Book Review: Defying Gravity - The Making of Newton

Defying Gravity: The Making of Newton is a special and unique book. Photographer Menuez and author Kounalakis were provided extensive access to Apple’s Newton team throughout the product’s development over multiple years to document the process of its creation. When they finished writing the book in 1993 at the time of the Newton’s release, it was unclear whether the product would be successful. Of course it was not successful, but the book is still a gripping read as one experiences the ups-and-downs of high pressure product development at John Sculley era Apple. It also provides an incredibly high-bandwidth look into the early 1990s technology industry.

From its experimental layout, to its color palette and cultural references, Defying Gravity is very early ’90s. The photography by Menuez is skillful and reminiscent of his other photo book covering roughly the same period in the tech industry, Fearless Genius. However, this is much more than a photo book. The writing has depth and really takes you on the journey of Newton from idea to launch. The authors balance covering marketing and engineering well. It’s a much better balance than most tech business books achieve, which usually are overly focused on marketing. There are also photos and vignettes that add a personal touch—really letting you step into the shoes of the team members. In particular you really get to know marketer Michael Tchao and engineer Steve Capps, who could arguably be called the book’s protagonists. Interestingly, both of them have enjoyed long-and-illustrious careers in the technology world after Newton.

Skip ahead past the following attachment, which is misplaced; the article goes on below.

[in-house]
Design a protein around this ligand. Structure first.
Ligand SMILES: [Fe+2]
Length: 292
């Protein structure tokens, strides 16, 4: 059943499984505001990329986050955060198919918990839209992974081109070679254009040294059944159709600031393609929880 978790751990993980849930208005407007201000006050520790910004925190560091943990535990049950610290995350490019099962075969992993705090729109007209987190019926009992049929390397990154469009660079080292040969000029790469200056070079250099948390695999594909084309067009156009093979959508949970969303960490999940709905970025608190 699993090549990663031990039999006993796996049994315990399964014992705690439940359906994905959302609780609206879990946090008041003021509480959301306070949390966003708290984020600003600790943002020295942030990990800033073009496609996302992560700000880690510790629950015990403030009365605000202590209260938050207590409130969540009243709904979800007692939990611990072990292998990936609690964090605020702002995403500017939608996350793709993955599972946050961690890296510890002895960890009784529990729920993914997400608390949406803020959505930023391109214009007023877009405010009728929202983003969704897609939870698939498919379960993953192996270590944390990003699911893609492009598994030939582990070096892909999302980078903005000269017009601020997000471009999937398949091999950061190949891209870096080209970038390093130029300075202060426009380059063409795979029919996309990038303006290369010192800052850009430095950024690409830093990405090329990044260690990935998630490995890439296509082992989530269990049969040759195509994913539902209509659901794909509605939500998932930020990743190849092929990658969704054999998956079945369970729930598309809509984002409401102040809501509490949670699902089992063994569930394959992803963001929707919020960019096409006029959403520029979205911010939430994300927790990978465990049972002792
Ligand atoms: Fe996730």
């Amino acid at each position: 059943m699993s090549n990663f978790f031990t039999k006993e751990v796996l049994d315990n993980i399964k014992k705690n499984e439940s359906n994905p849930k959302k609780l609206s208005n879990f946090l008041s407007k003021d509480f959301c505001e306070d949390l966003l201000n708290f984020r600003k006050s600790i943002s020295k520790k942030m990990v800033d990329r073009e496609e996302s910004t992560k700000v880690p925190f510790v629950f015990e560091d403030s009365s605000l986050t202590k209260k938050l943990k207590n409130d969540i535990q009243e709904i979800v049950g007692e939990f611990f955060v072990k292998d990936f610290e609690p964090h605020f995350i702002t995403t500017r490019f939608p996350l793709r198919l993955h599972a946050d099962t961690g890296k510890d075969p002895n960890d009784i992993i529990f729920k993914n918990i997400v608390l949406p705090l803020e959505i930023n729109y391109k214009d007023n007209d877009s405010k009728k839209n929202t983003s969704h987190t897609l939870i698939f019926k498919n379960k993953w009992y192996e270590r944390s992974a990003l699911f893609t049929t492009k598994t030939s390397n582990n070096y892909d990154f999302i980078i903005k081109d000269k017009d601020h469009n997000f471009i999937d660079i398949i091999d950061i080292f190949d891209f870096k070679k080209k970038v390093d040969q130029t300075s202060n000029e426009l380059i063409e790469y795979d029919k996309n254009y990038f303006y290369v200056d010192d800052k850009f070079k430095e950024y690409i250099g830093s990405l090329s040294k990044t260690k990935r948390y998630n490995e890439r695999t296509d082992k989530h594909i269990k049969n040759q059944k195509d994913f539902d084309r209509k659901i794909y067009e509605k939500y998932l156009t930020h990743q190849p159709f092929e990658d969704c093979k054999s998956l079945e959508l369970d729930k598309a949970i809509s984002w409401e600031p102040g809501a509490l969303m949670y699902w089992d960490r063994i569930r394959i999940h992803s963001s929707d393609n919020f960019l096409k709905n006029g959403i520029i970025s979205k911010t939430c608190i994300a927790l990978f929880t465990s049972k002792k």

Defying Gravity’s only fault is that it is perhaps too uncritical. It seems eternally optimistic about the technology, also a very ’90s trait. While this makes for refreshing reading in the age of big-tech pessimism, it also seems like the authors perhaps traded access for spin. All of the Newton team members at Apple are presented in a flattering light. Maybe this is accurate, but it doesn’t always feel genuine. John Sculley in particular, with a quarter-century of further hindsight, could perhaps be better viewed as using the Newton as a desperate grasp for his own legitimacy, than as being a “visionary.”

Defying Gravity also paints a picture of an out-of-control work culture that celebrated continuous 16-hour days. There is something heroic about giving your all to a cause that you really believe in. And that was clearly portrayed throughout the book. However, there is also something troubling about pushing people to work beyond their limits. And for one team member this seems to have led to tragic consequences. I think a book written today would have a more balanced view of the pros-and-cons of such an environment.

Defying Gravity provides a unique look at the high pressure development of an early 1990s computing platform at Apple. It’s worth reading for anyone interested in that era of technology, Apple history, or who enjoys business dramas. It’s unimaginable a writing team today would be provided such unprecedented access, which is unfortunate because the result is really quite enjoyable and insightful.

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